People, the ultimate ‘medicine’

September 5, 2019   ·   0 Comments

By Doug Skeates

Society is fixated on finding cures, cures for diseases, answers for problems, solutions for whatever ills one encounters.  Each  concern predominates within the human mind as one goes through life searching for what can be done about it.   But whatever is attempted it invariably ‘too little, too late’.  What is really needed is in the long distant past.   With the  problem so obvious now decision-making is long overdue. Luckily “The Answer” that lay largely in yesterday still applies today.

An interesting entry in Face-book noted that many problems in life relate more to involvement than to a physical condition.  For many the lack of purpose causes folk to drown their sorrows in some form of addiction, often alcohol or drugs.  Various studies show that investment in helping people to find a direction in life reduces their need for ‘cures’ in a chemical sense.  Obviously this isn’t an ‘either/or’ situation as much as ‘both/and’.  Human beings are highly complex and no one cure is a silver bullet but solutions to many problems could benefit from a major change in life’s social condition.

A recent concern in news media is loneliness, with many people feeling the lack of human involvement in their lives.   With the increase in social communication there appears a real loss of face to face involvement.  

Texting does not take its place adequately and there is an ever increasing dependence on mechanical contact.  Certainly the cheapest form of spreading the message is a recording whereby a company can avoid the cost of employing people to answer the phone.  In fact every effort is made to eliminate human involvement despite the fact that a high proportion of communication is based on body language.  One of my favorite examples has been the word ‘yes’.  Written it infers agreement but when spoken, inflection becomes important to the message one wishes to impart whether in a form of emphasis or doubt.  The real intent is only apparent in person to person conversation.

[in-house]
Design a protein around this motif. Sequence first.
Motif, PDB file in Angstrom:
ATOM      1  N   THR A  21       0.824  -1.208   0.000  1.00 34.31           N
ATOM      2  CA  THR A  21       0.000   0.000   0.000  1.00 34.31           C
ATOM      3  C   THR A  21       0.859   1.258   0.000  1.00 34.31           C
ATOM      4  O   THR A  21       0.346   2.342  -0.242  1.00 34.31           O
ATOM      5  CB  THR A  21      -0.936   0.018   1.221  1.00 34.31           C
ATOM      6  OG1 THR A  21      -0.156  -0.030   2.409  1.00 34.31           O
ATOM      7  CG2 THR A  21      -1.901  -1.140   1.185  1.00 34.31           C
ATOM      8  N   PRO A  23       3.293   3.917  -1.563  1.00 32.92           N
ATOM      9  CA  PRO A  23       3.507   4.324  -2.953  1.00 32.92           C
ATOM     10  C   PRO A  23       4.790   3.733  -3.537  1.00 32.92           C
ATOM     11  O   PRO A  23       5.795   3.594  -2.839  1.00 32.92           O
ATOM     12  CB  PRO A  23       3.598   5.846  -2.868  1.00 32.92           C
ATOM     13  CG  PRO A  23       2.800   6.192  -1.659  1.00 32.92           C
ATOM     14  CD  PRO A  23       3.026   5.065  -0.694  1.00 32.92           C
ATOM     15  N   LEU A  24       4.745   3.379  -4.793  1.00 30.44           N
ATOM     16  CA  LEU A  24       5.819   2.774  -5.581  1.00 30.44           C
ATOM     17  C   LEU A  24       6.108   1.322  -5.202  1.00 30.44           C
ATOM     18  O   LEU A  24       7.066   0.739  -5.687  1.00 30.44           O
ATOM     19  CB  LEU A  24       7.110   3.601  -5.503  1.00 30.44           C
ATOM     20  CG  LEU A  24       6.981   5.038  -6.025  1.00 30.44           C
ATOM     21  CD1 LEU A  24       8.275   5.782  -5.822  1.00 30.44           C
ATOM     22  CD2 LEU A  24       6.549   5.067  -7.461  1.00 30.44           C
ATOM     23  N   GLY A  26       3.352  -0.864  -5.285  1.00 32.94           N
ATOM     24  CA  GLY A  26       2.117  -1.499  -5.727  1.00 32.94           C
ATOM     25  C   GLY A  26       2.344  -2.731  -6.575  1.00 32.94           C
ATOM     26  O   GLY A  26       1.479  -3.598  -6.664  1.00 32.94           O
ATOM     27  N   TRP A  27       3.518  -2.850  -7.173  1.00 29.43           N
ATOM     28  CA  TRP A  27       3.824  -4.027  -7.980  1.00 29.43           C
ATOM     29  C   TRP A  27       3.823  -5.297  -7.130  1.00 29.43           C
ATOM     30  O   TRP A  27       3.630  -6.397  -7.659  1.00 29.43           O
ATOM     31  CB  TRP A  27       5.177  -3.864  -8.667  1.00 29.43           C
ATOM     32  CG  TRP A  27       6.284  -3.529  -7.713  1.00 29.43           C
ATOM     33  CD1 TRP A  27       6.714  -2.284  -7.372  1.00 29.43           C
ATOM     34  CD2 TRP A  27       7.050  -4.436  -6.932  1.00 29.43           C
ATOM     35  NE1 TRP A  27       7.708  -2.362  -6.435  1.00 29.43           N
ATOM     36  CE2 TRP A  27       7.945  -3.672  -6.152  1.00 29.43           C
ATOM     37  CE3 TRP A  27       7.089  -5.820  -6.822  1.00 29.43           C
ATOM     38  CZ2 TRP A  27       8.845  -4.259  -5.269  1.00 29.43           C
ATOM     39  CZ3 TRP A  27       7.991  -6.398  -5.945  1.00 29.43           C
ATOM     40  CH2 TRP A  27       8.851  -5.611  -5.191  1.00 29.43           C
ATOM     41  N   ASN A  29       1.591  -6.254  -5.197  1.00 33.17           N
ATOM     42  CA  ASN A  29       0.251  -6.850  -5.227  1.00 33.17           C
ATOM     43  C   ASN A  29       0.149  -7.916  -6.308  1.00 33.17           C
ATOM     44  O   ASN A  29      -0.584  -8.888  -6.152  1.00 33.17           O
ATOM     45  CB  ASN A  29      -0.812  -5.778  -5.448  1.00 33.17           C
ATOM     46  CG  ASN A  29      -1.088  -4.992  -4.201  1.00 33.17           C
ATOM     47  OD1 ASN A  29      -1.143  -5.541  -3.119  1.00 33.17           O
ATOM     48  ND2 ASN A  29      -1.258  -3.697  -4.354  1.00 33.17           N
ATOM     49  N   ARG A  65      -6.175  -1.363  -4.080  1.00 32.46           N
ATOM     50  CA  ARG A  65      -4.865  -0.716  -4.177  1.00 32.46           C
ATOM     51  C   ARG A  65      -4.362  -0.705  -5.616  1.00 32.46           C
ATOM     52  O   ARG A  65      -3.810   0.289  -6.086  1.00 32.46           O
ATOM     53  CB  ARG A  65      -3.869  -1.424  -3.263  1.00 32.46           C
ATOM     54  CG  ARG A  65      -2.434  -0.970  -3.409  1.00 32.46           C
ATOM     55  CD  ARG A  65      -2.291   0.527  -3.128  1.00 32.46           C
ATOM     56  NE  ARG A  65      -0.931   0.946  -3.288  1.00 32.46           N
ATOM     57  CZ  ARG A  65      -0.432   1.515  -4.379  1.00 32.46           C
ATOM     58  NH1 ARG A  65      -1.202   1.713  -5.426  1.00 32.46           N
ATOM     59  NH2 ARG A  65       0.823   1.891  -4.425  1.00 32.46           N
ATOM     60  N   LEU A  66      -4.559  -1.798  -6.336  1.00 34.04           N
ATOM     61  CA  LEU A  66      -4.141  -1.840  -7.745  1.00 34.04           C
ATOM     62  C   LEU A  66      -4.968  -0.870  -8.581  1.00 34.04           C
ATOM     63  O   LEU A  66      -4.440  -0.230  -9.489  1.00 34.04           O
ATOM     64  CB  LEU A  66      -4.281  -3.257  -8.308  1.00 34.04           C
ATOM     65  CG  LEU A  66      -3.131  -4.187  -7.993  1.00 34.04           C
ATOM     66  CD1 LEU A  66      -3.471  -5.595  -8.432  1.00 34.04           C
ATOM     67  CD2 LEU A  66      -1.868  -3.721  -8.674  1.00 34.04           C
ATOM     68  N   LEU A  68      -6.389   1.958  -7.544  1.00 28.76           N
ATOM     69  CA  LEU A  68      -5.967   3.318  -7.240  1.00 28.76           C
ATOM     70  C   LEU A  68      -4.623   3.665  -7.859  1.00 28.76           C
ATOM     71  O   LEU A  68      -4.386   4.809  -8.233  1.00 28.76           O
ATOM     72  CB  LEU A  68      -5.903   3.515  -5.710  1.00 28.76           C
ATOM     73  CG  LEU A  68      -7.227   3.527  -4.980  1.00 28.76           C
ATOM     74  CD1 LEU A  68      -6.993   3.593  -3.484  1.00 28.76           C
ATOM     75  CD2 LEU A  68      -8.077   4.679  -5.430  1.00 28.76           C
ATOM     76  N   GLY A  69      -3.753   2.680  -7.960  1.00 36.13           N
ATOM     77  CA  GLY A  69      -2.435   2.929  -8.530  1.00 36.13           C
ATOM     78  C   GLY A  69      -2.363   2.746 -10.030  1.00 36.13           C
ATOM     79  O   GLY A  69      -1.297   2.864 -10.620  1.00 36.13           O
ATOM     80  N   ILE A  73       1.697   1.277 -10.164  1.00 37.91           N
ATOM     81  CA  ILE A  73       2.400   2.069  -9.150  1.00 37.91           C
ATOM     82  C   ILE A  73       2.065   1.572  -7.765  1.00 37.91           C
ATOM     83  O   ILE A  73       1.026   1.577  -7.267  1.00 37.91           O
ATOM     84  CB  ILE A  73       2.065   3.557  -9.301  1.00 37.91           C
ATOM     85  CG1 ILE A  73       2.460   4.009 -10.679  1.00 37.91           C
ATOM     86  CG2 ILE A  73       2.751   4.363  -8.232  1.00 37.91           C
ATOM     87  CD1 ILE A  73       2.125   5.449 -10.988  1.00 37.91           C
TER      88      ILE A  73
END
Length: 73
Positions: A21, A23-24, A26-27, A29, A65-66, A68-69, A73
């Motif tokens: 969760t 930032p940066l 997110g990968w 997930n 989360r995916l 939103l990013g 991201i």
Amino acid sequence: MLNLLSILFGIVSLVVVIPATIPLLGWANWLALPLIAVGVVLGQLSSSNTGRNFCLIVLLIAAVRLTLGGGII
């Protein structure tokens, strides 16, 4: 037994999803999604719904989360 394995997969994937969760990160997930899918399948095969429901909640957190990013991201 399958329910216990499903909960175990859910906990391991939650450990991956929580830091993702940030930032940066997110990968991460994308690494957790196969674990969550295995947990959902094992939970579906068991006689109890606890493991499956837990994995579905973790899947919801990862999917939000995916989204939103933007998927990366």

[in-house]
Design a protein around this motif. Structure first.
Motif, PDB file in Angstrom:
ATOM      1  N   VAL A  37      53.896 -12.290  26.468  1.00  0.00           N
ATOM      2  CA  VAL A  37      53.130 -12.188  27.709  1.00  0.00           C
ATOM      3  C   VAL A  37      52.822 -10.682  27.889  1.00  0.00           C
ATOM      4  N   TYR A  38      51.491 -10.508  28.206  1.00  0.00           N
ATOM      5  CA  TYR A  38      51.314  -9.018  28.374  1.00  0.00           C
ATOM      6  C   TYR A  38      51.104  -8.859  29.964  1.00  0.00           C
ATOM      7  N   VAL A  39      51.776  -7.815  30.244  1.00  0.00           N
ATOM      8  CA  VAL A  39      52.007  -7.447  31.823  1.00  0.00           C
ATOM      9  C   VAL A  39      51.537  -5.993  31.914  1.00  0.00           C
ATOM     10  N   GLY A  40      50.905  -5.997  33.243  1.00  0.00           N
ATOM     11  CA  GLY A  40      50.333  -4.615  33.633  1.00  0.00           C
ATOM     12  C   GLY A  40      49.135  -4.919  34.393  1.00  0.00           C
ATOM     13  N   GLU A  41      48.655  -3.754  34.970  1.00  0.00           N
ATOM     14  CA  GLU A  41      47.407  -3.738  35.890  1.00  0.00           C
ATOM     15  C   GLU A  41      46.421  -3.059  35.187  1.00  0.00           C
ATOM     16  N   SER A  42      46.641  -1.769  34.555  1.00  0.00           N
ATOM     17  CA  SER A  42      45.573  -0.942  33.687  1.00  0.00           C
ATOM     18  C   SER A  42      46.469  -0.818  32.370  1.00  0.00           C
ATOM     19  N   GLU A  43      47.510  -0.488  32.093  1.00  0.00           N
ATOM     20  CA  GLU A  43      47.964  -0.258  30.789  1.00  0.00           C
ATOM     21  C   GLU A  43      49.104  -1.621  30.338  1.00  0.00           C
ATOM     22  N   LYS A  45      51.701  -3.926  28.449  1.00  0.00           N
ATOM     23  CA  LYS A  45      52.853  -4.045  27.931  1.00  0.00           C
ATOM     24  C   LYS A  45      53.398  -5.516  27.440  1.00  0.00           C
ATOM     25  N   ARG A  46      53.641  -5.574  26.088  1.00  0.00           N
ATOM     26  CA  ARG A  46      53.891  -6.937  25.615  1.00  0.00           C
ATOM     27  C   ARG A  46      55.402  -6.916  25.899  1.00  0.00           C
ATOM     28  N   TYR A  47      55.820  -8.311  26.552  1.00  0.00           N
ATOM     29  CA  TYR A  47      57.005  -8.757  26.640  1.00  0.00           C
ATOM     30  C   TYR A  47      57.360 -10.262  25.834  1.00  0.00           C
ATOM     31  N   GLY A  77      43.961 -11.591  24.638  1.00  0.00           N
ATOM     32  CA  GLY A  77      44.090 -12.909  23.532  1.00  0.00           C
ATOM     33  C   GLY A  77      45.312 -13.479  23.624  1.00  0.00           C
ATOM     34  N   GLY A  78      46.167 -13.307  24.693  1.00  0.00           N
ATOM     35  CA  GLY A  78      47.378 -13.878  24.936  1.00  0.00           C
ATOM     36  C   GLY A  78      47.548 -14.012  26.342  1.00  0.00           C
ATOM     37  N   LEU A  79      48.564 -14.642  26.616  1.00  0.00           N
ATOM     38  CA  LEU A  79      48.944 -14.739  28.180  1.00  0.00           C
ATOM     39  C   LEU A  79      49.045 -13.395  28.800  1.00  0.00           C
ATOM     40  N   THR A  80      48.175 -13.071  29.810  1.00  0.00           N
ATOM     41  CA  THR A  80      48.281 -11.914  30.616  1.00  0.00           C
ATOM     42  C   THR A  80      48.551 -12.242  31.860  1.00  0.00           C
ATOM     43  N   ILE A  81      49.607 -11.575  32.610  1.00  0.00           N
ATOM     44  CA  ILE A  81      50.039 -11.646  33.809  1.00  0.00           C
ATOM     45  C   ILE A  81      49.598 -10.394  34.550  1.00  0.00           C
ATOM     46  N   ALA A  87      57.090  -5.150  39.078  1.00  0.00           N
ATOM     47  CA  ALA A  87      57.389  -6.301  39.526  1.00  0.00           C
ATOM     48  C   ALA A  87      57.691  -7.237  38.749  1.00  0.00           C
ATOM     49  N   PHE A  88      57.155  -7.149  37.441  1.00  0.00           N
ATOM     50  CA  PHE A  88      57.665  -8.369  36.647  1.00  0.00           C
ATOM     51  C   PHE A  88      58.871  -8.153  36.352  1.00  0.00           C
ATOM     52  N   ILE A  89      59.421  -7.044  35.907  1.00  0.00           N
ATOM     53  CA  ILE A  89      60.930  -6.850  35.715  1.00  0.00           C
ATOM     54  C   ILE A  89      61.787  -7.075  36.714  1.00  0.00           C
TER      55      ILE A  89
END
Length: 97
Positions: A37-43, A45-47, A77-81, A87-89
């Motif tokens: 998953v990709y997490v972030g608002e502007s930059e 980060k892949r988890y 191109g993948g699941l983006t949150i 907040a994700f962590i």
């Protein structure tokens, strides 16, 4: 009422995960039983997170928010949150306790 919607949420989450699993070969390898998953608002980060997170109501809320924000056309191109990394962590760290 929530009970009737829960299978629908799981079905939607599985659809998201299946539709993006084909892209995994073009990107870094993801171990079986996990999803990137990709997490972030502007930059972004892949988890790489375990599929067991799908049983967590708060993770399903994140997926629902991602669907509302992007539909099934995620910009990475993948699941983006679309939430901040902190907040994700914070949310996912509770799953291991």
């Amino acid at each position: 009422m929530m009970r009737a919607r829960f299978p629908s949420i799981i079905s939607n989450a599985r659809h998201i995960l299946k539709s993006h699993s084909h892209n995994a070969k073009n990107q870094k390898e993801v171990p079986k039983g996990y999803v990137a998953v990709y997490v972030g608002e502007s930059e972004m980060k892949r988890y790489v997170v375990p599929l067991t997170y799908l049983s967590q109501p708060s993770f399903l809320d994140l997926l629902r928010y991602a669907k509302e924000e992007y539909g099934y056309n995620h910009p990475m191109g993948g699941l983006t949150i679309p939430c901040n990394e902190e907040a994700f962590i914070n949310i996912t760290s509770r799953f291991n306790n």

Various studies have shown the effectiveness of community in promoting well-being.  Susan Pinker’s book, The Village Effect (2014), the science of friendship, has been described before.  In isolated villages in Italy life-spans far exceed averages of  those in more developed parts of the world.   Living beyond the 100 year mark is the norm.   Beyond factors such as regular exercise, diet and a positive attitude, which are commonly recommended, the primary element is regular contact with friends and relatives.  The key feature is meaningful visitation whereby older people have almost daily communication with those closest to them.  Loneliness should never be a factor in life.

An article in The Guardian was a personal account by a son when conducting a eulogy at his father’s funeral.   He was surprised at the crowded attendance including many beyond the normal family.  His father had lived alone for many years.  The writer assumed that his dad didn’t see many people but it turned out that the older gentlemen had regular conversations with neighbours at a local café, knew all the local bus drivers whom he greeted regularly, in addition to a large number of old friends and their children with whom he’d remained in close contact.  They turned up at his funeral en masse.

What the writer had overlooked was the extent to whitch his father had really enjoyed life and the people in it.  This was the essence in Pinker’s book, not only the daily contact with people but the enjoyment both really appreciated about their times together.  Enjoying people was the best medicine that his father experienced.

A recent news item pertained to doctors prescribing social interaction as a cure for many ills in life.  

A close member of our family, age 93, is having the time of his life with activities in a senior’s club.  Though his wife died a few years ago he has developed a new life for himself, going to dances, luncheons and games.  He has taken up photography and much of his time is taken up taking pictures of the many facets of his life and sharing them via Facebook.  Even the medical profession  recognizes that there are more than pharmaceutical solutions for curing people’s ills.

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